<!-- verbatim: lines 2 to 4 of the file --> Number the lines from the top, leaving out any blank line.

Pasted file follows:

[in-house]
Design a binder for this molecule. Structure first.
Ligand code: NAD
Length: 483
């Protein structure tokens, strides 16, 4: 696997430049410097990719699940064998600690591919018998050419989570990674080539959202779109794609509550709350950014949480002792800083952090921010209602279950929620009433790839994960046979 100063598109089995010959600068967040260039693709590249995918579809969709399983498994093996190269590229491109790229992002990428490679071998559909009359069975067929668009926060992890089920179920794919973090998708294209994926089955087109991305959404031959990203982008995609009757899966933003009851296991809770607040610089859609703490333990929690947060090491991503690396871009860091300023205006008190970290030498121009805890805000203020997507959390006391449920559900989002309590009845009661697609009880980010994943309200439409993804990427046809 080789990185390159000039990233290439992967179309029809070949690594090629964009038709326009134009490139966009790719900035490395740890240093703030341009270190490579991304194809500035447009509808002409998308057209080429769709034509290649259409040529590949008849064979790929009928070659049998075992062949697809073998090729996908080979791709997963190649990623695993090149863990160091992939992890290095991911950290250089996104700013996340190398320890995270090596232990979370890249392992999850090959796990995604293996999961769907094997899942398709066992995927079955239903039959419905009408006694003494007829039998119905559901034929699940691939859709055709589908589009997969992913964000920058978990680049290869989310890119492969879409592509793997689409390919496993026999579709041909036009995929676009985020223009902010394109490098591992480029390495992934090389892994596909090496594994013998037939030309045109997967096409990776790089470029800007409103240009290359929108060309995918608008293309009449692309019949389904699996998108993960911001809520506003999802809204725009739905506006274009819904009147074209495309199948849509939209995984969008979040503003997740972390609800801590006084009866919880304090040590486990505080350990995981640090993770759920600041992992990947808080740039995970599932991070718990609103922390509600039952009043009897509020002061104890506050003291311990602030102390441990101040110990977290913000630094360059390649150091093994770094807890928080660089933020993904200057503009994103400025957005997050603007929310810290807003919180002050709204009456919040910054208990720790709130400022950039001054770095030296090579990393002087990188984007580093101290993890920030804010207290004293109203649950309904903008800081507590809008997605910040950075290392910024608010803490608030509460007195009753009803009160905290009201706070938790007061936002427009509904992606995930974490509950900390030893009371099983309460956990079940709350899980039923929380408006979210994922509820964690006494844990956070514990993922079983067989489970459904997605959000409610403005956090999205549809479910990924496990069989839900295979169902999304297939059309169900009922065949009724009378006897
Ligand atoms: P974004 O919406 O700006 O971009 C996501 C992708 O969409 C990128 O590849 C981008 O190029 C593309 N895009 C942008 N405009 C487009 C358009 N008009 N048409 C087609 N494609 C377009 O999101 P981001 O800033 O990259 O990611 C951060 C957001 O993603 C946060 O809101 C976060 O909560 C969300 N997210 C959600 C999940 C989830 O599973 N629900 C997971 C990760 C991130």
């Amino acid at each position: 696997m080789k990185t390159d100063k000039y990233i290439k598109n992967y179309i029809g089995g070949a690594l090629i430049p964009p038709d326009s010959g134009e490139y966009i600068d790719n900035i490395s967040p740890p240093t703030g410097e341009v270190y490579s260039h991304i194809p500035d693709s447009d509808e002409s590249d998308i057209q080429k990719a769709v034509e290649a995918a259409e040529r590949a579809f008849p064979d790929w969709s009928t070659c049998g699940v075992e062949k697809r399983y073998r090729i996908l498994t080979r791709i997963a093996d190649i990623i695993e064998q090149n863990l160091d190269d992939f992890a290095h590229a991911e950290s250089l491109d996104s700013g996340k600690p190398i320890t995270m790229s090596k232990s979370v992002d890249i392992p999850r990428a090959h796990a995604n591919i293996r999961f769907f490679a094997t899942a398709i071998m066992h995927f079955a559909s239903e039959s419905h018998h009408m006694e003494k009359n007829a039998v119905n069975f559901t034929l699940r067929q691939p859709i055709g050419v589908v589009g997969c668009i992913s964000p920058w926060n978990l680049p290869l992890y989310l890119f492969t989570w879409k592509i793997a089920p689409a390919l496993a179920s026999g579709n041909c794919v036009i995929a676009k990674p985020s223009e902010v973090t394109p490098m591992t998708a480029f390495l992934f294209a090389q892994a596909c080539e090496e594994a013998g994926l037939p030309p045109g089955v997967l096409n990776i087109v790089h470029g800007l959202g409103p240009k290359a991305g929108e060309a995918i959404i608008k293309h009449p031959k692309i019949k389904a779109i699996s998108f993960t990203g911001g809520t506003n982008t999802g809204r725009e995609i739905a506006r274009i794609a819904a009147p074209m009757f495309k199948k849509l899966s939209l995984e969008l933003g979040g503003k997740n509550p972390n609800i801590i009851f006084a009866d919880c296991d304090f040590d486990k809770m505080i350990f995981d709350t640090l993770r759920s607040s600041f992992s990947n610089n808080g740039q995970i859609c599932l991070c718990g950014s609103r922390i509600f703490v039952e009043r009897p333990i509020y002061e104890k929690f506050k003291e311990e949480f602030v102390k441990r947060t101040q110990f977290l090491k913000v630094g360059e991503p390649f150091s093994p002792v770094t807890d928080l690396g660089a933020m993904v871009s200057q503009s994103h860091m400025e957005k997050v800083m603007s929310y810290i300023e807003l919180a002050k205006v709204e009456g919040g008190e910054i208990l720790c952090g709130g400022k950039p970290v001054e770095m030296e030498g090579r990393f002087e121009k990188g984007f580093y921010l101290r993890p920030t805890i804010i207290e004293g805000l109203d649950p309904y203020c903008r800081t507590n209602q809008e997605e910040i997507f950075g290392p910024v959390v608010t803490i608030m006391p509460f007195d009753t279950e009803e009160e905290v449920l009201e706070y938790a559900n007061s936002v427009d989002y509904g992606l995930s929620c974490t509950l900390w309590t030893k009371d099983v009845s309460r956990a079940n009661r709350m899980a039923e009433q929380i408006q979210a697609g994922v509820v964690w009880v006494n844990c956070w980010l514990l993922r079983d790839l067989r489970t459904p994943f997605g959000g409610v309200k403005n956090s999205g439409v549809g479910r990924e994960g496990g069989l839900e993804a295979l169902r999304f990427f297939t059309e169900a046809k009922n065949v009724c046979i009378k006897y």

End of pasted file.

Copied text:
Design a binder for this molecule. Structure first.
Ligand code: NAD
Length: 483